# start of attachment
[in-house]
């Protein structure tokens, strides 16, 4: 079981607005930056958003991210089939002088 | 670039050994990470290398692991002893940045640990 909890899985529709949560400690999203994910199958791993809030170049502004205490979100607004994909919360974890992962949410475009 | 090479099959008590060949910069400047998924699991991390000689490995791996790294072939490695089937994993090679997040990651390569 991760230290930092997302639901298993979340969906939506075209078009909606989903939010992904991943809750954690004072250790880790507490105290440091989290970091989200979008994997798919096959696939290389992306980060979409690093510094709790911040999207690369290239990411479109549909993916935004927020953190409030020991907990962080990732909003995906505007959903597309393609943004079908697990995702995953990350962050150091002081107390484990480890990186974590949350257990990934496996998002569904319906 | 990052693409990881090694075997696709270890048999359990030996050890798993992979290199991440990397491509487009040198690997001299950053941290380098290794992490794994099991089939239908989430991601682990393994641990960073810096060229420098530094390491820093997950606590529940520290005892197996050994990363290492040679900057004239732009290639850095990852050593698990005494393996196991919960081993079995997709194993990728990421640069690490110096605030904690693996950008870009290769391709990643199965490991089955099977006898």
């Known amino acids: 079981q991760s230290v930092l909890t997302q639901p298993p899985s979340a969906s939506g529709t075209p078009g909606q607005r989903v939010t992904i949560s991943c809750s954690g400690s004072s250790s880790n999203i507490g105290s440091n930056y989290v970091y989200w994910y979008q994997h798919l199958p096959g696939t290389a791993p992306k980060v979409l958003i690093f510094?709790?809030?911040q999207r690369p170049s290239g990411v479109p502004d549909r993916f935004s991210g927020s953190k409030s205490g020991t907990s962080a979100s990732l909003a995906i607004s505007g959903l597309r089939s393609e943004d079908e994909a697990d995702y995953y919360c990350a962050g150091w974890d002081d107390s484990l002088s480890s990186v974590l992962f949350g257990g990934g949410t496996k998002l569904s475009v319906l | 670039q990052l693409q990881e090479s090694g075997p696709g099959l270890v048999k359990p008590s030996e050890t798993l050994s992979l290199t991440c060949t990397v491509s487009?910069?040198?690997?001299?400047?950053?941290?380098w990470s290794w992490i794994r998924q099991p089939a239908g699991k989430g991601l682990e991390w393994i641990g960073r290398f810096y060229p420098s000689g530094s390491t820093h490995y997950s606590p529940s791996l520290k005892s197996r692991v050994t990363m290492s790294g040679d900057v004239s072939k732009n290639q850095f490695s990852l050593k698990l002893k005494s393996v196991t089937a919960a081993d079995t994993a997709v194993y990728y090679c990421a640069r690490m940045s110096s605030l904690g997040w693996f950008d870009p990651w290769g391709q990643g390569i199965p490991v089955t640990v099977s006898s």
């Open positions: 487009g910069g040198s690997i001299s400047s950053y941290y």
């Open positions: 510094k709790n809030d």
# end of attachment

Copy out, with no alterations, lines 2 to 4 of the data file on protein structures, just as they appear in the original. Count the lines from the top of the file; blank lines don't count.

């Protein structure tokens, strides 16, 4: 079981607005930056958003991210089939002088 | 670039050994990470290398692991002893940045640990 909890899985529709949560400690999203994910199958791993809030170049502004205490979100607004994909919360974890992962949410475009 | 090479099959008590060949910069400047998924699991991390000689490995791996790294072939490695089937994993090679997040990651390569 991760230290930092997302639901298993979340969906939506075209078009909606989903939010992904991943809750954690004072250790880790507490105290440091989290970091989200979008994997798919096959696939290389992306980060979409690093510094709790911040999207690369290239990411479109549909993916935004927020953190409030020991907990962080990732909003995906505007959903597309393609943004079908697990995702995953990350962050150091002081107390484990480890990186974590949350257990990934496996998002569904319906 | 990052693409990881090694075997696709270890048999359990030996050890798993992979290199991440990397491509487009040198690997001299950053941290380098290794992490794994099991089939239908989430991601682990393994641990960073810096060229420098530094390491820093997950606590529940520290005892197996050994990363290492040679900057004239732009290639850095990852050593698990005494393996196991919960081993079995997709194993990728990421640069690490110096605030904690693996950008870009290769391709990643199965490991089955099977006898």
């Known amino acids: 079981q991760s230290v930092l909890t997302q639901p298993p899985s979340a969906s939506g529709t075209p078009g909606q607005r989903v939010t992904i949560s991943c809750s954690g400690s004072s250790s880790n999203i507490g105290s440091n930056y989290v970091y989200w994910y979008q994997h798919l199958p096959g696939t290389a791993p992306k980060v979409l958003i690093f510094?709790?809030?911040q999207r690369p170049s290239g990411v479109p502004d549909r993916f935004s991210g927020s953190k409030s205490g020991t907990s962080a979100s990732l909003a995906i607004s505007g959903l597309r089939s393609e943004d079908e994909a697990d995702y995953y919360c990350a962050g150091w974890d002081d107390s484990l002088s480890s990186v974590l992962f949350g257990g990934g949410t496996k998002l569904s475009v319906l | 670039q990052l693409q990881e090479s090694g075997p696709g099959l270890v048999k359990p008590s030996e050890t798993l050994s992979l290199t991440c060949t990397v491509s487009?910069?040198?690997?001299?400047?950053?941290?380098w990470s290794w992490i794994r998924q099991p089939a239908g699991k989430g991601l682990e991390w393994i641990g960073r290398f810096y060229p420098s000689g530094s390491t820093h490995y997950s606590p529940s791996l520290k005892s197996r692991v050994t990363m290492s790294g040679d900057v004239s072939k732009n290639q850095f490695s990852l050593k698990l002893k005494s393996v196991t089937a919960a081993d079995t994993a997709v194993y990728y090679c990421a640069r690490m940045s110096s605030l904690g997040w693996f950008d870009p990651w290769g391709q990643g390569i199965p490991v089955t640990v099977s006898s």
């Open positions: 487009g910069g040198s690997i001299s400047s950053y941290y």